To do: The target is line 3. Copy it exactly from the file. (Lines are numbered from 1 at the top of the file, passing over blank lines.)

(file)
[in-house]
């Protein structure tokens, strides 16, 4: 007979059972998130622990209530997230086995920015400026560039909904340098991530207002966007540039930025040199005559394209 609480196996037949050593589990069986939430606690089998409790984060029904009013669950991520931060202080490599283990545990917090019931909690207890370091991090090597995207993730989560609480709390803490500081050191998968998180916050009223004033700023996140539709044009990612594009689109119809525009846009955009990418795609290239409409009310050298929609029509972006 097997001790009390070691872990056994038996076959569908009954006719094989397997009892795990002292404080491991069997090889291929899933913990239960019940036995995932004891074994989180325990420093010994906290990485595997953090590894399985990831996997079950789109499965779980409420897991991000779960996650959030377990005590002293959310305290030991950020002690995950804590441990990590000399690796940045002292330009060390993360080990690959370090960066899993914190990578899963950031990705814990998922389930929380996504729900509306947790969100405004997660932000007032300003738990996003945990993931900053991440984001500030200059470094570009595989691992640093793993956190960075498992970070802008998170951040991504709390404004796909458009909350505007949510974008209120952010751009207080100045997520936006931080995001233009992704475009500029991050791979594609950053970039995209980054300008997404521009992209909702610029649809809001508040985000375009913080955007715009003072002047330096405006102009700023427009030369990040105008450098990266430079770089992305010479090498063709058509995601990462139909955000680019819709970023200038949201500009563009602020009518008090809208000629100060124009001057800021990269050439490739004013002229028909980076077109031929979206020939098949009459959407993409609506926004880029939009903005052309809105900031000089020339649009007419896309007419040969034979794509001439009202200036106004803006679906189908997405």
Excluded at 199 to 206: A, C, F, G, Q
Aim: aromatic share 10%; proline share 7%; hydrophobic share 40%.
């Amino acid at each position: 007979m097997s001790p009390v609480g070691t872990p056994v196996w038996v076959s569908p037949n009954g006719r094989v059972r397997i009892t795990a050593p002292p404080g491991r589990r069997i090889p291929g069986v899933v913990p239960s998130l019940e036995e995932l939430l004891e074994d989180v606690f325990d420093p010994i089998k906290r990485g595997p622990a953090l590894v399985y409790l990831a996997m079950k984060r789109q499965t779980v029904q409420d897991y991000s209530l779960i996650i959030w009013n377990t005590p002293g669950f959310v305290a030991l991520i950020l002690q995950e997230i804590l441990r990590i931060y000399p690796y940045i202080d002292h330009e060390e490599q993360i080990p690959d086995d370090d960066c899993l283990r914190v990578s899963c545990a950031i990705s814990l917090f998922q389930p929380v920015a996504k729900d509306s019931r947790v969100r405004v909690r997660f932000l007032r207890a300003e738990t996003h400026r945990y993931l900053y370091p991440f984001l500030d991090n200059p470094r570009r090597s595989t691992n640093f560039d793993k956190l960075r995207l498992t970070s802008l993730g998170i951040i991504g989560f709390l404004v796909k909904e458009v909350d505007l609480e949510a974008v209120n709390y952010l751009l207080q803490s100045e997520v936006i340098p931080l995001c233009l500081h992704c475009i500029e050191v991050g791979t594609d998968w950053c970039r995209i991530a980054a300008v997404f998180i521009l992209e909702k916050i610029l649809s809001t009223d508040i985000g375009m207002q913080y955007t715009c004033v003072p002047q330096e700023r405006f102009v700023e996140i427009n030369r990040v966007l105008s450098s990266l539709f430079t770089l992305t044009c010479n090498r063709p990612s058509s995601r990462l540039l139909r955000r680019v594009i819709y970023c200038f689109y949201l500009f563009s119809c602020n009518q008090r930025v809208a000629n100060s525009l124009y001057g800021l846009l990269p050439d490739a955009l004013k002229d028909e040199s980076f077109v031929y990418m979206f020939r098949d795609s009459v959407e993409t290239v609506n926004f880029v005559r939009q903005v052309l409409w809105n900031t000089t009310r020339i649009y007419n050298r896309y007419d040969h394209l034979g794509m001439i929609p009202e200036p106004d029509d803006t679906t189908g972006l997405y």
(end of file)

Excluded at 199 to 206: A, C, F, G, Q